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Introduction

Two of the attributes that all humans share are the experiences of being born and the fact

that everyone would eventually die. Although we are excited about discussions concerning

birth, people in all cultures discuss death with extreme reluctance. However, even though

we may use the same words to describe death, the actual meaning and conceptualization

of death differs widely across cultures. The tendency for vast differences to occur in

conceptions about issues or events that, on the surface, seem very obvious is a major

reason why a cultural examination and analysis of every behavioral phenomenon should

almost be mandated. For example, eating is a behavior engaged in by most humans

several times a day. Yet, cultural variations in eating are enormous. Cultures vary in what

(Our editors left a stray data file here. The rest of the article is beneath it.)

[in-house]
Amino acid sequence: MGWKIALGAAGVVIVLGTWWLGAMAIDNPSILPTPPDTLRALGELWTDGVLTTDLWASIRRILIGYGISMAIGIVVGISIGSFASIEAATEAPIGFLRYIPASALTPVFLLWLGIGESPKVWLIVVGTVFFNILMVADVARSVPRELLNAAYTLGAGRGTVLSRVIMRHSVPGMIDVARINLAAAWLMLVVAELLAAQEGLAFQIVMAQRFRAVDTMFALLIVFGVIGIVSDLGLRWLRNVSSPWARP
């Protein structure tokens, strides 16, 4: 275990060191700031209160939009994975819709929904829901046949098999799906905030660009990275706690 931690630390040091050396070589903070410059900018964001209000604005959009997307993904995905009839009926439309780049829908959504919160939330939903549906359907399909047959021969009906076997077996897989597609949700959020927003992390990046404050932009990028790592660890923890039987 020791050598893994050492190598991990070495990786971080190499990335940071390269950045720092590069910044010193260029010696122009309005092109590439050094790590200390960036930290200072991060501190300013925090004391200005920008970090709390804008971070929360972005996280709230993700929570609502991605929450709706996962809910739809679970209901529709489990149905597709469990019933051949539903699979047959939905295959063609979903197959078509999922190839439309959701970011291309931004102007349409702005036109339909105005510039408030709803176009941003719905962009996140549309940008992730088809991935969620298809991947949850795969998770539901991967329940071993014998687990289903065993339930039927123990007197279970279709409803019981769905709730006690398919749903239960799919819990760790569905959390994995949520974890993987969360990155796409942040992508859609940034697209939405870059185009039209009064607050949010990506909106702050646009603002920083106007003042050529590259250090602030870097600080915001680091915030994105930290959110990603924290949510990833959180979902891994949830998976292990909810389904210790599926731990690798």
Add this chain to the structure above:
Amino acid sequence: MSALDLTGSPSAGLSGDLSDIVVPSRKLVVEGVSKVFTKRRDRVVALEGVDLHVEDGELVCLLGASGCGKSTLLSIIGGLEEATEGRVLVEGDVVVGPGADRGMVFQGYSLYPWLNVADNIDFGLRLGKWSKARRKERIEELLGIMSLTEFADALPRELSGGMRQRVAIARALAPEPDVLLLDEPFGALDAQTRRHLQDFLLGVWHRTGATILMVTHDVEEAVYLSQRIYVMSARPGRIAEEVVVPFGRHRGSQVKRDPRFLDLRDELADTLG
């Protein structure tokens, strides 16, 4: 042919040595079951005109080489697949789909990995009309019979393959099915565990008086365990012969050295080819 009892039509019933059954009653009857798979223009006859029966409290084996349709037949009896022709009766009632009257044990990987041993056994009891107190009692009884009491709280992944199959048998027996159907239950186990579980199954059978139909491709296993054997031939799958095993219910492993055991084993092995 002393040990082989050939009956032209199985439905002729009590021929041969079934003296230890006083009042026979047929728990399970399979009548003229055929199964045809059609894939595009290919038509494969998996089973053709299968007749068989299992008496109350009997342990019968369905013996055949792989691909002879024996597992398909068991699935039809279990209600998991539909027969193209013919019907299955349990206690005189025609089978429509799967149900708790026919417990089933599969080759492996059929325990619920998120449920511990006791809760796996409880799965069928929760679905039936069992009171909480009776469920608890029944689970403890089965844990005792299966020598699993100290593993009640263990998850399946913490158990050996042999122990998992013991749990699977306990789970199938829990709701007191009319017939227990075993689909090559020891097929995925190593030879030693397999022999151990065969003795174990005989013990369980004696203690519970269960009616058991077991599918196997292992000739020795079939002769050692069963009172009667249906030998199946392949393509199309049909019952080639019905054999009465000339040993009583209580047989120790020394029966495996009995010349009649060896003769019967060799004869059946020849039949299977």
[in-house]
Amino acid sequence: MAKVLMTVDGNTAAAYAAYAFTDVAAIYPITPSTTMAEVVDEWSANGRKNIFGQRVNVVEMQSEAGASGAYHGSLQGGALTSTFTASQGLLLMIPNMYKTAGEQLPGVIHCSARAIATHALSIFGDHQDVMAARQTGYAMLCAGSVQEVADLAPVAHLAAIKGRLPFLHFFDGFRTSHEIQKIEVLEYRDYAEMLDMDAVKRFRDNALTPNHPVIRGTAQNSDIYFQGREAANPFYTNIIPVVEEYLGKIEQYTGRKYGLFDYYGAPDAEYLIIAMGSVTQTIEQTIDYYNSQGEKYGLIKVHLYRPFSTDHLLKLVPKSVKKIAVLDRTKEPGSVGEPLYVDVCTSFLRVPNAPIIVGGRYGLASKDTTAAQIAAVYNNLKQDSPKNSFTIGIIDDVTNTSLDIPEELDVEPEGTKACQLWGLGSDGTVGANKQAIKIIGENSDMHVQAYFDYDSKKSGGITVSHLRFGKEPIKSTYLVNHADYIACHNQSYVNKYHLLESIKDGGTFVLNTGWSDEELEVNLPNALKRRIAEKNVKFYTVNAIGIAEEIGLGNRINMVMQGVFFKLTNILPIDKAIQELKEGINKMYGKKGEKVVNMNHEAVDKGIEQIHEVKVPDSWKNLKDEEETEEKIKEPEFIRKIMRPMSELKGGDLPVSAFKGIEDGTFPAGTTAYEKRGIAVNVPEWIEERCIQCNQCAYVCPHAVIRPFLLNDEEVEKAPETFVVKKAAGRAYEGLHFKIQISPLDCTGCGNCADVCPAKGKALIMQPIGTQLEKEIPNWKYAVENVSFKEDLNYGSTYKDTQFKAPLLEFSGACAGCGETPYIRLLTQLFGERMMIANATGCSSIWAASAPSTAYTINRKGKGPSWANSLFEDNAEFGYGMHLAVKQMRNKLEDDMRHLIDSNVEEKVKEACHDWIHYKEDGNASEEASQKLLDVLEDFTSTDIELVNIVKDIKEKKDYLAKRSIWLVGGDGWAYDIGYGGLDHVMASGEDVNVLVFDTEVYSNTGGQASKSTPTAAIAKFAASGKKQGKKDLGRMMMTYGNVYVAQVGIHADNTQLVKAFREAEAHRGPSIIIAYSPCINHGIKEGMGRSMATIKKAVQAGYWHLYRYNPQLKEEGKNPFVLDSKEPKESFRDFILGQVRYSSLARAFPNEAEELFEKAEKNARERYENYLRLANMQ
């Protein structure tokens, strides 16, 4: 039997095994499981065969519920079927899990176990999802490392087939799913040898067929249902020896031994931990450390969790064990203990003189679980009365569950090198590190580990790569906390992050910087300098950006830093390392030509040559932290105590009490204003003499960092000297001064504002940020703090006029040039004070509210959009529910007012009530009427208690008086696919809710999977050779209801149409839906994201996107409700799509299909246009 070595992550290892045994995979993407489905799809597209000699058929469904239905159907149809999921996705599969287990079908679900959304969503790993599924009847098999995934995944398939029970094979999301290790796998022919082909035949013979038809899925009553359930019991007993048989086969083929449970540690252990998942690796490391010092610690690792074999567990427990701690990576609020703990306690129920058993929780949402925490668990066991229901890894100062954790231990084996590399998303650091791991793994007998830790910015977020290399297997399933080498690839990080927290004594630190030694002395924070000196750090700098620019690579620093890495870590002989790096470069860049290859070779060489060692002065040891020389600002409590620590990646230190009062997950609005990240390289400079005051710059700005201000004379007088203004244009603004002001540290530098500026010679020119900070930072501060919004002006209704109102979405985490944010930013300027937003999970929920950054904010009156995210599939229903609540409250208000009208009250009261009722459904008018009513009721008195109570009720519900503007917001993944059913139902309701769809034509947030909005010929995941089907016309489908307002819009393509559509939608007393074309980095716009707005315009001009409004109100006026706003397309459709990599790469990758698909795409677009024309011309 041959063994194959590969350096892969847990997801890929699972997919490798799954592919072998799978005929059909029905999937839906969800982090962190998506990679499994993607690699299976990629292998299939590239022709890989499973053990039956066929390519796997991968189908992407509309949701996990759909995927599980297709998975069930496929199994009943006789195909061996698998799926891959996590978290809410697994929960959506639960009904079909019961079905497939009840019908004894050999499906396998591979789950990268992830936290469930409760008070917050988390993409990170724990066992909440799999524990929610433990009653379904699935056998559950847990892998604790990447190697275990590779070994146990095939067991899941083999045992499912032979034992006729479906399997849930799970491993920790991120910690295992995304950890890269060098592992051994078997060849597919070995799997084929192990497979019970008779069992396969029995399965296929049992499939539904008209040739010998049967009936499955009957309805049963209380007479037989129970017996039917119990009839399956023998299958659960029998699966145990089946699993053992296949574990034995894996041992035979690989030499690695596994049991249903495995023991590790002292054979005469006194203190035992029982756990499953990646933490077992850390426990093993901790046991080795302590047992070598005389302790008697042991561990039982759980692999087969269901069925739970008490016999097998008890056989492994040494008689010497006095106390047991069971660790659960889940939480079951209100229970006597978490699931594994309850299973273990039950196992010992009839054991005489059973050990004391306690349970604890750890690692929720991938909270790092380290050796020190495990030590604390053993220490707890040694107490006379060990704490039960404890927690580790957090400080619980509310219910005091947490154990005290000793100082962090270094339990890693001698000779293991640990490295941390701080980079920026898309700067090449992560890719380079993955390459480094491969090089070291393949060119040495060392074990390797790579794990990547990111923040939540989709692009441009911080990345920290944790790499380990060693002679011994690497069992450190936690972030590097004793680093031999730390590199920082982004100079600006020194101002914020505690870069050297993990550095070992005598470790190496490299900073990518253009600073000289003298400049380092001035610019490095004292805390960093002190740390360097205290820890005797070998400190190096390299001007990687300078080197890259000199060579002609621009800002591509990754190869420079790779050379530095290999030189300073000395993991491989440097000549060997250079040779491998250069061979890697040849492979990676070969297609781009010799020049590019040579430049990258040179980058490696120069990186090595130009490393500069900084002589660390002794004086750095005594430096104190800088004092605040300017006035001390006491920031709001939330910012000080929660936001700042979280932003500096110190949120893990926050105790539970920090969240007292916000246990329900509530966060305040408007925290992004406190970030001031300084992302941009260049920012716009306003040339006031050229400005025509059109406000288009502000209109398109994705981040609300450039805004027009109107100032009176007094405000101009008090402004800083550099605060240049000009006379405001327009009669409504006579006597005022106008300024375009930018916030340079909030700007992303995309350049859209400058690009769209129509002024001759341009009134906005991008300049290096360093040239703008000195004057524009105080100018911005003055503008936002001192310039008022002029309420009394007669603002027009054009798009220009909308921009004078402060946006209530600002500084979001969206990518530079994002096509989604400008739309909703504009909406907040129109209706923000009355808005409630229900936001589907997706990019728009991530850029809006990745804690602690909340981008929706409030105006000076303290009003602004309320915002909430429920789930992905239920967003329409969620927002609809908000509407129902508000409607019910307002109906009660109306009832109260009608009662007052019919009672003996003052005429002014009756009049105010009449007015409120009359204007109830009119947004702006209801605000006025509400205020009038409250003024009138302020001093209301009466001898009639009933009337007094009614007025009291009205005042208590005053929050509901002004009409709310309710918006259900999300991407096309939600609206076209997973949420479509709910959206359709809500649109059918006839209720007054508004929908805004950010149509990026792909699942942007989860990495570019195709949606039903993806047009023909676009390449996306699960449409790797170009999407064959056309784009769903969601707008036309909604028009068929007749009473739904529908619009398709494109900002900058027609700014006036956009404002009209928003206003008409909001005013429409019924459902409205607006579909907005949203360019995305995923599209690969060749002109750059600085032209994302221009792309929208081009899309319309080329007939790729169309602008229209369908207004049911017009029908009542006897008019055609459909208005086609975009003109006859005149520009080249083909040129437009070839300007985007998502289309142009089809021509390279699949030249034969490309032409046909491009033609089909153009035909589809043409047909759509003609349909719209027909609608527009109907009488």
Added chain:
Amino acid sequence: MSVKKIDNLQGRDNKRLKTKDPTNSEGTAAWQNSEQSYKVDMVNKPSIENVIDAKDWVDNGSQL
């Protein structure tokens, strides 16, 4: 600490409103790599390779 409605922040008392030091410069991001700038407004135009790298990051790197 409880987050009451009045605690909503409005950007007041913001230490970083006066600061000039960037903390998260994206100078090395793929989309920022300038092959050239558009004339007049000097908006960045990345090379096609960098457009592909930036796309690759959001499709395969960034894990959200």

they eat, how they eat, when they eat and with whom. Even when cultures agree on what

should be eaten, differences arise in how it is prepared, who is expected to eat the given

item, and at what stage in time and age.

Kagawa-Singer (1998) provides a very fitting analogy of cultural diversity using

weaving as an example. Although weaving is a universal technique, the patterns that result

from this process are culturally unique and identifiable. Thus, even when they use the

same materials, patterns used in Navajo, Chinese, Persian, Japanese and French

tapestries are recognizable not only in terms of colors, but also of patterns and textures.